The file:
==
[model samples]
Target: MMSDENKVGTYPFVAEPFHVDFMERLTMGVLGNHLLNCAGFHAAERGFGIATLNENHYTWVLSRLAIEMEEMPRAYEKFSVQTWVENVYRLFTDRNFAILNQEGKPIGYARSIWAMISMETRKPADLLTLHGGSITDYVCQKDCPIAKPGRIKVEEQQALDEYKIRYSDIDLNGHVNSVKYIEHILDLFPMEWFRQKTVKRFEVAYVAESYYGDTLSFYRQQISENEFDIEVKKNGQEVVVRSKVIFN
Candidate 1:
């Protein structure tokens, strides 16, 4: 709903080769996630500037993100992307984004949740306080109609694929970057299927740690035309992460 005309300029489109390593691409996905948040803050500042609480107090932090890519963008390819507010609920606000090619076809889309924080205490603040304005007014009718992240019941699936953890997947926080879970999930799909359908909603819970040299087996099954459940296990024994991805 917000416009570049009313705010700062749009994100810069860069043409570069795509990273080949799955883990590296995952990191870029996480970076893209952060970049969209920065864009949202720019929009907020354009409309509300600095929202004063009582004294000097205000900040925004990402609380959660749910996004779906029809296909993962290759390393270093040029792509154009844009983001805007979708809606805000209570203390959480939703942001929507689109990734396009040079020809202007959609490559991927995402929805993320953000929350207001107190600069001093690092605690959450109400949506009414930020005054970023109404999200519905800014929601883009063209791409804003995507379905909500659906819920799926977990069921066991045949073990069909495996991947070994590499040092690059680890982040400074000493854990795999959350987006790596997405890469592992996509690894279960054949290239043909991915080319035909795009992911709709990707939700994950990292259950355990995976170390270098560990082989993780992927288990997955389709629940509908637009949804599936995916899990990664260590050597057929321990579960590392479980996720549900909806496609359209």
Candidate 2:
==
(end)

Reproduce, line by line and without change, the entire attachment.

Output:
[model samples]
Target: MMSDENKVGTYPFVAEPFHVDFMERLTMGVLGNHLLNCAGFHAAERGFGIATLNENHYTWVLSRLAIEMEEMPRAYEKFSVQTWVENVYRLFTDRNFAILNQEGKPIGYARSIWAMISMETRKPADLLTLHGGSITDYVCQKDCPIAKPGRIKVEEQQALDEYKIRYSDIDLNGHVNSVKYIEHILDLFPMEWFRQKTVKRFEVAYVAESYYGDTLSFYRQQISENEFDIEVKKNGQEVVVRSKVIFN
Candidate 1:
């Protein structure tokens, strides 16, 4: 709903080769996630500037993100992307984004949740306080109609694929970057299927740690035309992460 005309300029489109390593691409996905948040803050500042609480107090932090890519963008390819507010609920606000090619076809889309924080205490603040304005007014009718992240019941699936953890997947926080879970999930799909359908909603819970040299087996099954459940296990024994991805 917000416009570049009313705010700062749009994100810069860069043409570069795509990273080949799955883990590296995952990191870029996480970076893209952060970049969209920065864009949202720019929009907020354009409309509300600095929202004063009582004294000097205000900040925004990402609380959660749910996004779906029809296909993962290759390393270093040029792509154009844009983001805007979708809606805000209570203390959480939703942001929507689109990734396009040079020809202007959609490559991927995402929805993320953000929350207001107190600069001093690092605690959450109400949506009414930020005054970023109404999200519905800014929601883009063209791409804003995507379905909500659906819920799926977990069921066991045949073990069909495996991947070994590499040092690059680890982040400074000493854990795999959350987006790596997405890469592992996509690894279960054949290239043909991915080319035909795009992911709709990707939700994950990292259950355990995976170390270098560990082989993780992927288990997955389709629940509908637009949804599936995916899990990664260590050597057929321990579960590392479980996720549900909806496609359209």
Candidate 2: